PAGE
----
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Struggling left-hander Sean Burnett's ERA is up to 5.96.
Impressively, they've managed to accomplish Parts 1 and 2 with a level of consistency few could have predicted entering the season. Part 3? Well, we've dissected the Nats' offensive woes ad nauseum. Nothing really new to say there. This lineup is what it is. Besides, as long as they continue to take care of Parts 1 and 2, they'll stay competitive and win their share of games.
Except Part 1 doesn't appear to be a certainty anymore, especially when it comes to a Nationals' bullpen that has hit a bit of a rough patch in the last two weeks.
Mind you, the Nationals have more significant woes than their bullpen. Their biggest problem is and will continue to be their lack of offense. But in order to win games with the formula they've created for themselves, they can't afford any prolonged slip-ups in any other departments. And right now, the bullpen is slipping up.
When Livan Hernandez departed last night's game in San Diego with two on and one out in the sixth, the Nats trailed 4-2. Livo was by no means in top form, but the game was still within reach for his team. Sean Burnett and Cole Kimball, though, proceeded to issue back-to-back walks (Kimball's with the bases loaded) and then a sacrifice fly. Just like that, two inherited runners scored and a close ballgame was no longer reasonably within reach.
And last night's performance was merely the latest in a string of shaky bullpen outings. Over the last 17 games, Nationals relievers have posted a 4.38 ERA, up nearly a run and a half from their mark over the season's first 46 games.
ERA, of course, isn't always the best indicator of relief pitching, so let's also look at the rate in which inherited runners have been scoring. Over the last seven games, the Nationals have allowed 10 of 22 inherited runners to score, a 45.5 percent rate that is considerably higher than the 34.2 percent rate they posted before this stretch.
The struggles aren't limited to one guy, but rather stretch across most of the bullpen. Tyler Clippard continues to be the team's most-effective reliever, and Todd Coffey has been right behind him (though usually in situations of far less significance). Drew Storen, though, has given up eight runs in his last 7 2/3 innings, has seen his ERA jump from 0.38 to 2.59 and has twice blown ninth-inning leads and been charged with a loss in another game.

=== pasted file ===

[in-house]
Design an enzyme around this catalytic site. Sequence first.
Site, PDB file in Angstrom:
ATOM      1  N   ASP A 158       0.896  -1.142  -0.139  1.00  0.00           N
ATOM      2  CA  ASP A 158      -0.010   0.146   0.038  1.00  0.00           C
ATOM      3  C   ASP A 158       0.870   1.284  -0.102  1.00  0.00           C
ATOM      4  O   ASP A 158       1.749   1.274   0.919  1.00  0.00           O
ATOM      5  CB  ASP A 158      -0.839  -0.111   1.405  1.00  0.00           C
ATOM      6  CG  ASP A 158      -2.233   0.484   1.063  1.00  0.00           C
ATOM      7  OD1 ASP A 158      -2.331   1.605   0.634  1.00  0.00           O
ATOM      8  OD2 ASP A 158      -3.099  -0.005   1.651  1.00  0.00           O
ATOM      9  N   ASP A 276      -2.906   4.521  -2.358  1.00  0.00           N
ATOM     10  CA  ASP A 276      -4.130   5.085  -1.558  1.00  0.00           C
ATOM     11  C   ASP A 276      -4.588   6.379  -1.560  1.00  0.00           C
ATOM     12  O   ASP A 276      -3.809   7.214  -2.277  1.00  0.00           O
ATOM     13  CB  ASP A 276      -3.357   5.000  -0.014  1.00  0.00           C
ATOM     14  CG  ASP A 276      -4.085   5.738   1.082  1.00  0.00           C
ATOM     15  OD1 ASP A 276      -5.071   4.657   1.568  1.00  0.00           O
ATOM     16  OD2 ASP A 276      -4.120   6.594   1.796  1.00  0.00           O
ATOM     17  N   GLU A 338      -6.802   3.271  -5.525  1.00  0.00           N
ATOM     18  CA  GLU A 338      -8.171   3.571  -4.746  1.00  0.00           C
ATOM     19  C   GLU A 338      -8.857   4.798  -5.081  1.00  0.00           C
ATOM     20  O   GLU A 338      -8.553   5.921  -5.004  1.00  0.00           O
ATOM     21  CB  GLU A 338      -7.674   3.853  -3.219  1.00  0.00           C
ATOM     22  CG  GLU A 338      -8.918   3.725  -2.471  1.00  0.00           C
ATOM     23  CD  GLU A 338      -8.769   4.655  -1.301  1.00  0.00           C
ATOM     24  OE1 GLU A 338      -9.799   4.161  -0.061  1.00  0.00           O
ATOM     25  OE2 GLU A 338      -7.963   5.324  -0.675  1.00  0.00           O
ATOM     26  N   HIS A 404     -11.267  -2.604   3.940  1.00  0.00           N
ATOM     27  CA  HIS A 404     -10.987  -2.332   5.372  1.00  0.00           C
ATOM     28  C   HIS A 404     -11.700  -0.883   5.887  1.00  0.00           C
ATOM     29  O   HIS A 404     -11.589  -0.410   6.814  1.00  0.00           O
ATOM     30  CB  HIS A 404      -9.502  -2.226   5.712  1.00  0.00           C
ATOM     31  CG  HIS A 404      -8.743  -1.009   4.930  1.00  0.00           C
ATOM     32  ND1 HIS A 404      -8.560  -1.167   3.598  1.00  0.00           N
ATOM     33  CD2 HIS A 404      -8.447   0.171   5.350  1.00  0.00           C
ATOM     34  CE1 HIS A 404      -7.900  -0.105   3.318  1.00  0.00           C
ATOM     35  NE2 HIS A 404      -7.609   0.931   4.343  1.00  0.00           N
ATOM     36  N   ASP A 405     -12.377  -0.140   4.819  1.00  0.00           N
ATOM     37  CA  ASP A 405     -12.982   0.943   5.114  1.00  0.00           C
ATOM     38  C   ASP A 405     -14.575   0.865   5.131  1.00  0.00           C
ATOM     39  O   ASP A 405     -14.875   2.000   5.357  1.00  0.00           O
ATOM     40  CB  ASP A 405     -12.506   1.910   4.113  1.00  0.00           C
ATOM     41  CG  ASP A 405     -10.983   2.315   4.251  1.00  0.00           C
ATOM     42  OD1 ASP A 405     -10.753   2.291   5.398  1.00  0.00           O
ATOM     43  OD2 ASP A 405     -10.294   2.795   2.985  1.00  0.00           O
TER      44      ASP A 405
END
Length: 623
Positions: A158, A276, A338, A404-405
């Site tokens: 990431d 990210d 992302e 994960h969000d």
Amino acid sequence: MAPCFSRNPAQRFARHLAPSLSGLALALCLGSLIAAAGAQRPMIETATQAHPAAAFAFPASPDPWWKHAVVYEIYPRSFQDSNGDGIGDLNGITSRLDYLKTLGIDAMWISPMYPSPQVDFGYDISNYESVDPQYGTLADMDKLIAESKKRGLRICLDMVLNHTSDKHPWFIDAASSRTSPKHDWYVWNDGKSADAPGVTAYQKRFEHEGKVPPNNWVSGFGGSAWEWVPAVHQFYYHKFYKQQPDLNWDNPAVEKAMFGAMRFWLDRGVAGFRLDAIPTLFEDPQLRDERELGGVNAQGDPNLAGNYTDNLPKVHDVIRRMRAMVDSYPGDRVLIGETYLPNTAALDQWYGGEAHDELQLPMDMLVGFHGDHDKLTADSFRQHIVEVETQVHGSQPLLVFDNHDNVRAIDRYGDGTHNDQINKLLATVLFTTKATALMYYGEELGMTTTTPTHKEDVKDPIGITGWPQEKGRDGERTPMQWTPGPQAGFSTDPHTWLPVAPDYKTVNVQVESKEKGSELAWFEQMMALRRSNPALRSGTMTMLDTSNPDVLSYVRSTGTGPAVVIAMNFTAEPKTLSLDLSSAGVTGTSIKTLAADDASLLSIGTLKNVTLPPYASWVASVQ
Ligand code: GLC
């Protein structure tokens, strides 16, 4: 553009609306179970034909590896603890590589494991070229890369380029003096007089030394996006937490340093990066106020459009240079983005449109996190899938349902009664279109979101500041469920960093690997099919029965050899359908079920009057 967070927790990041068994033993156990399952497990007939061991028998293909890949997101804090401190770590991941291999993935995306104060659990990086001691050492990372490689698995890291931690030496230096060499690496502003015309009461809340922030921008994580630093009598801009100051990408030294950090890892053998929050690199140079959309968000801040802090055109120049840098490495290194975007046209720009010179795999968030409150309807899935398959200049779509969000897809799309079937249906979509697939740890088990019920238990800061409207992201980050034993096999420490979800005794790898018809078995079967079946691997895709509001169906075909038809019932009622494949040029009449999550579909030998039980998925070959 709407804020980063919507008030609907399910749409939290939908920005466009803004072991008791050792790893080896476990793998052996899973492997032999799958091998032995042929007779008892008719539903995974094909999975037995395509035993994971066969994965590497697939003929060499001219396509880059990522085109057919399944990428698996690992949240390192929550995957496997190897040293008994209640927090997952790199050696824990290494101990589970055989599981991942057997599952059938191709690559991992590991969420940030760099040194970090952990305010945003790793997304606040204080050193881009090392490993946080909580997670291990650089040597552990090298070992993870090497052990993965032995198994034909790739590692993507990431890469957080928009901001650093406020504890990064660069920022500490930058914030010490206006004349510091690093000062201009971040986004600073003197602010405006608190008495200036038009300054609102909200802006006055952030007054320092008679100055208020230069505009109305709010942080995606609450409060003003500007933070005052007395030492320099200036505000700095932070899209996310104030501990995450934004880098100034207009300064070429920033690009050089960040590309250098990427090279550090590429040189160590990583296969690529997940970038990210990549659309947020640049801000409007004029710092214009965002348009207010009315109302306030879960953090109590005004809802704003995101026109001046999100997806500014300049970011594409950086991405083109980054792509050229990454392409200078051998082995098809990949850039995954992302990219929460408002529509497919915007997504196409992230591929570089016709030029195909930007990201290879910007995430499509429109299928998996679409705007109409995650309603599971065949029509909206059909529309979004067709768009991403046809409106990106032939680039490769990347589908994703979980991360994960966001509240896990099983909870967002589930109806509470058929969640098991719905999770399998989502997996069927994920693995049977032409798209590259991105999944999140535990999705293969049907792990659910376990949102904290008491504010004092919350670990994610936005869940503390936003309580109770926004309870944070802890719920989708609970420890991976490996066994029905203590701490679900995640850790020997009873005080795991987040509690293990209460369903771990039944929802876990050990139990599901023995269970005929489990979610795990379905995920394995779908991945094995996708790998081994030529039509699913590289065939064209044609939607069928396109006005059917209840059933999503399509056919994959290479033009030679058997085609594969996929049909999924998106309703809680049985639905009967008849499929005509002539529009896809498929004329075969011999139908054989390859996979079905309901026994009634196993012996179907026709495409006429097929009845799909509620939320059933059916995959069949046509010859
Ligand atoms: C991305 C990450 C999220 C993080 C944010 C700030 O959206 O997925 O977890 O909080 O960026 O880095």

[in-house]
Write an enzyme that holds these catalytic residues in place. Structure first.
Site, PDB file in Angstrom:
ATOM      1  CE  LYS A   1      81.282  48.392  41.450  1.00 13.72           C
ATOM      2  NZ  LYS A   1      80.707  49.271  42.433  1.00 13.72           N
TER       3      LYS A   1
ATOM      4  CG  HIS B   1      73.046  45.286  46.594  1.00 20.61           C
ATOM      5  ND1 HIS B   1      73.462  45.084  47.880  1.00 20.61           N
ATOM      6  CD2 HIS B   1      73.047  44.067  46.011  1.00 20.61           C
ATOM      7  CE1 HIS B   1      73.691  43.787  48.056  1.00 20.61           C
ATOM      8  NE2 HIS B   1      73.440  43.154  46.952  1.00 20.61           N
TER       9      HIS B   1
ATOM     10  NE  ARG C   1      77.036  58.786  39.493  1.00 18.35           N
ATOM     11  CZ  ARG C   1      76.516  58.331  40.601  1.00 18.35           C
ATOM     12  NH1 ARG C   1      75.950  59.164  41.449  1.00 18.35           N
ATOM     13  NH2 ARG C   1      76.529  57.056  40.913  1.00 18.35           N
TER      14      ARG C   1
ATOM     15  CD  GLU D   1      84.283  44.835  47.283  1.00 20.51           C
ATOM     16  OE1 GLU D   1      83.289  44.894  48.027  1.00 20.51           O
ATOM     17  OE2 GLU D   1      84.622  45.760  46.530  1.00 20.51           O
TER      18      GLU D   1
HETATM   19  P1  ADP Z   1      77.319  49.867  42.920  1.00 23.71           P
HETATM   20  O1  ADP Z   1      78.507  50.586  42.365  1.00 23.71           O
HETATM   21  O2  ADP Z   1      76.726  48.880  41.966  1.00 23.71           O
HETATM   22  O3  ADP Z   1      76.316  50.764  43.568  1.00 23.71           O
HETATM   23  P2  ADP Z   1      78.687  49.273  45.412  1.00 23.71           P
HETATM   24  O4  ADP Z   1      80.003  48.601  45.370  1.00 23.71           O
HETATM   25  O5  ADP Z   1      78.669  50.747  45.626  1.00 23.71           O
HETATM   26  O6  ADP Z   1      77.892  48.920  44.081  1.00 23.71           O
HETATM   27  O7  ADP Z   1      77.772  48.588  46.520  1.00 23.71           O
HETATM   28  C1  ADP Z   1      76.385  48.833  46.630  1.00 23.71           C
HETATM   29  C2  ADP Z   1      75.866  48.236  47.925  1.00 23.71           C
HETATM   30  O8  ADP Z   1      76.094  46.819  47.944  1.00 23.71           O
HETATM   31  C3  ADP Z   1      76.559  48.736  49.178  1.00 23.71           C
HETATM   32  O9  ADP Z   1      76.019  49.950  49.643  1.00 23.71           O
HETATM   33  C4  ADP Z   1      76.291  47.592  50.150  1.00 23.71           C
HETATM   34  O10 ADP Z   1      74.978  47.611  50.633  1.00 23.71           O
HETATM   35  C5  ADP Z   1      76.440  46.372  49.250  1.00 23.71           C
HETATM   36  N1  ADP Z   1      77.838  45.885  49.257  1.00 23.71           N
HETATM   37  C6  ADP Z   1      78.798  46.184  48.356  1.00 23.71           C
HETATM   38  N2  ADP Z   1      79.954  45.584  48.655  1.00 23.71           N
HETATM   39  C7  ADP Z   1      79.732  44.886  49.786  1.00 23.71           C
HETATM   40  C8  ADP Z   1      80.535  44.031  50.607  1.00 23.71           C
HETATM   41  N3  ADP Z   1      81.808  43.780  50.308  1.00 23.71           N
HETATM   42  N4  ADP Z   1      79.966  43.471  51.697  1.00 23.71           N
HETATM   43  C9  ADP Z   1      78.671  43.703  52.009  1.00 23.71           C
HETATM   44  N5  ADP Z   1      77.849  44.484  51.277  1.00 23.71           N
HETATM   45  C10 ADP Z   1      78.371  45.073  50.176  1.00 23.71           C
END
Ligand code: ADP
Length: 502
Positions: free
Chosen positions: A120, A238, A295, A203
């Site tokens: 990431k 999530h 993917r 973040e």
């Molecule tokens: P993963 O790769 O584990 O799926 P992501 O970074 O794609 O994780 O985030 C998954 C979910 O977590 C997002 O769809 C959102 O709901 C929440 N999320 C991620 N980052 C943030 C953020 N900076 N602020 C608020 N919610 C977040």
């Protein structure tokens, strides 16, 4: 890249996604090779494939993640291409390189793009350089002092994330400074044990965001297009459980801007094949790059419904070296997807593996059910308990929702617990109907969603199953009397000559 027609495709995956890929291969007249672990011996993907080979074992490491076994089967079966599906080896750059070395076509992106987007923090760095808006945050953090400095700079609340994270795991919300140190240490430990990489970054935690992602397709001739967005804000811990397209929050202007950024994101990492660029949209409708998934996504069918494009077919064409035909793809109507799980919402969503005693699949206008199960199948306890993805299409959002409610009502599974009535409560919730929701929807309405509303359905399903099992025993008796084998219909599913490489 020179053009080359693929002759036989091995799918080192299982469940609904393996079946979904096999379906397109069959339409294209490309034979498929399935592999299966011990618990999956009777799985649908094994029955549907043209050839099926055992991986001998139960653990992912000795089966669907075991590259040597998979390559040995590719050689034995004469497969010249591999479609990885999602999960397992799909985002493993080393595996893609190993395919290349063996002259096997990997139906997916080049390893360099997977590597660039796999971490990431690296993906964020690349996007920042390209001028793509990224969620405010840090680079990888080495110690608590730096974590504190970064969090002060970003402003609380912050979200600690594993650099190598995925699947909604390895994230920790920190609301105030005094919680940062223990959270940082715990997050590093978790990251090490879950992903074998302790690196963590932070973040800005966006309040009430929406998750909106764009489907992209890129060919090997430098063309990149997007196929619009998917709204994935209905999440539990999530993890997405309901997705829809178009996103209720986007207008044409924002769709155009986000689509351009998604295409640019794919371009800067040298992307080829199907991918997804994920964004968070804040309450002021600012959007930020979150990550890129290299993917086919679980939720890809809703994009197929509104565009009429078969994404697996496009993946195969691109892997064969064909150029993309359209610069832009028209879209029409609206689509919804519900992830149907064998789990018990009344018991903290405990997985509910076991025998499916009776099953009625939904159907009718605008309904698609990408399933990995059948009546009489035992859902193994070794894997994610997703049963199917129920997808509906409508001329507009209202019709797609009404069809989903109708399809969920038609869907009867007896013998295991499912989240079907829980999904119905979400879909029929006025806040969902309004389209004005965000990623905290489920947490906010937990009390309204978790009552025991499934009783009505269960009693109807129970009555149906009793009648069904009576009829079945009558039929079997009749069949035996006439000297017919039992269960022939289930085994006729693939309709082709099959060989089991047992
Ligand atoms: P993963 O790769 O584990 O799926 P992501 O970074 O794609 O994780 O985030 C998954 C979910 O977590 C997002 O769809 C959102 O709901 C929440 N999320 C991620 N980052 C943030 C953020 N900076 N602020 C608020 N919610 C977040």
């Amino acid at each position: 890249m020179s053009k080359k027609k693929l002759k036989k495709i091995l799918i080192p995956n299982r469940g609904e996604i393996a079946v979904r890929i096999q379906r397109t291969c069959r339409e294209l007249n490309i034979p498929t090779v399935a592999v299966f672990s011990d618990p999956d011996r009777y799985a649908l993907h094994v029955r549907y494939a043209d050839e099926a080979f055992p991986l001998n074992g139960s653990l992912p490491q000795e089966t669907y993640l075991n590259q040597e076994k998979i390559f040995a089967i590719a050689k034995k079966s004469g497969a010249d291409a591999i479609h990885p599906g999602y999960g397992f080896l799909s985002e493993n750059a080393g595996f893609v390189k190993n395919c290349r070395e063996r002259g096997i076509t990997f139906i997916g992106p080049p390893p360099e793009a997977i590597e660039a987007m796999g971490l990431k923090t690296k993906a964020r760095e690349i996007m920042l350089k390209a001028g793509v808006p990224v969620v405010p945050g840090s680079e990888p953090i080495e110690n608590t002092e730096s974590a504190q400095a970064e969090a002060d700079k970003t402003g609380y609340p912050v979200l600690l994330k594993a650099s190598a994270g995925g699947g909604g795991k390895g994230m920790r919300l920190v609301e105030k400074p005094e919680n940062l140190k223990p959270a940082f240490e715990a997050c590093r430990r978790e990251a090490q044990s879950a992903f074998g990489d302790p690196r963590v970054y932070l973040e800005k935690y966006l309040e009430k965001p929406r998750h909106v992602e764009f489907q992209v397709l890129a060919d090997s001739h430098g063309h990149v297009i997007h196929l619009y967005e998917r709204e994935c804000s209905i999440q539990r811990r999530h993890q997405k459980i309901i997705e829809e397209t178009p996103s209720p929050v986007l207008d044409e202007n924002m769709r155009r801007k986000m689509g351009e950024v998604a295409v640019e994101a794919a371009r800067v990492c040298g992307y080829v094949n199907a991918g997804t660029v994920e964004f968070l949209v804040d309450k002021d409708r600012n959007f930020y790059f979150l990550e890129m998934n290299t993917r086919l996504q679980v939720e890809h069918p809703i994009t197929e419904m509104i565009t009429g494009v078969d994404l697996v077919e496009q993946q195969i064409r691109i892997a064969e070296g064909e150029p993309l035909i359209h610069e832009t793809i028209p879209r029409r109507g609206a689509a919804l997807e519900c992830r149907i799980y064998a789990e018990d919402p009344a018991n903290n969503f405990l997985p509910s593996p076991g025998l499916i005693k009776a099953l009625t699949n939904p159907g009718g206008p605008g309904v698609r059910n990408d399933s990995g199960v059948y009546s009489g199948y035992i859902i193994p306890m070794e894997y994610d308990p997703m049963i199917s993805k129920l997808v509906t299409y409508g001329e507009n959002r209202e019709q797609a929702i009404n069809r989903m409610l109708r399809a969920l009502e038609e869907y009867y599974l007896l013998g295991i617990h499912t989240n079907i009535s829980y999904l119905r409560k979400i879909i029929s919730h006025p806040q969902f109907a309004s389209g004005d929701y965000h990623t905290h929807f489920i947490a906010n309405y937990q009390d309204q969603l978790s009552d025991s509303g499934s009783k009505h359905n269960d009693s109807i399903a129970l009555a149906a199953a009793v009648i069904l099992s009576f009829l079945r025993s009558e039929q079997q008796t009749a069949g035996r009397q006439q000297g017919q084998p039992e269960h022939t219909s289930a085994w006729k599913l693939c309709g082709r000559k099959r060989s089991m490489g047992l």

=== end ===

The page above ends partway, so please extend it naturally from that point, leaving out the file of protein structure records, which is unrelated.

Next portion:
Then there's Burnett, the once-reliable lefty who just hasn't been able to get on track at all this year. Burnett, whose ERA has ballooned to a career-high 5.96, is giving up more hits (9.1 per nine innings) while striking out fewer batters (4.8 per nine innings) than he has in four seasons since becoming a reliever. He's insisted all along his arm feels fine. He's just not executing his pitches, a disturbing thought.
And compounding the Nationals' bullpen woes are two hard-throwing, young right-handers who frequently have no idea where the ball's going to land. Henry Rodriguez and Cole Kimball have been getting a lot of work lately, and that hasn't necessarily been a good thing.
Rodriguez has allowed only 12 hits in 17 innings while striking out 21 batters in that span, frequently with a fastball that reaches triple digits. So what's the problem? He's also issued a staggering 14 walks in those 17 innings, not to mention five wild pitches.
Kimball's numbers are eerily comparable to Rodriguez: Only eight hits allowed in 14 innings, with 11 strikeouts but also 11 walks and two wild pitches.
When they put the ball in the strike zone, these guys are unhittable. But they don't put the ball in the strike zone nearly enough to be effective.
The Nationals' bullpen has been a strength nearly every season the franchise has been in town. And it will probably wind up still being a strength this season, because there's too much talent there for the entire unit to blow up.
But when you struggle to score three runs per night, every little slip-up by every other facet of your game is going to get magnified. And right now, the Nats' bullpen is performing just poorly enough to be magnified.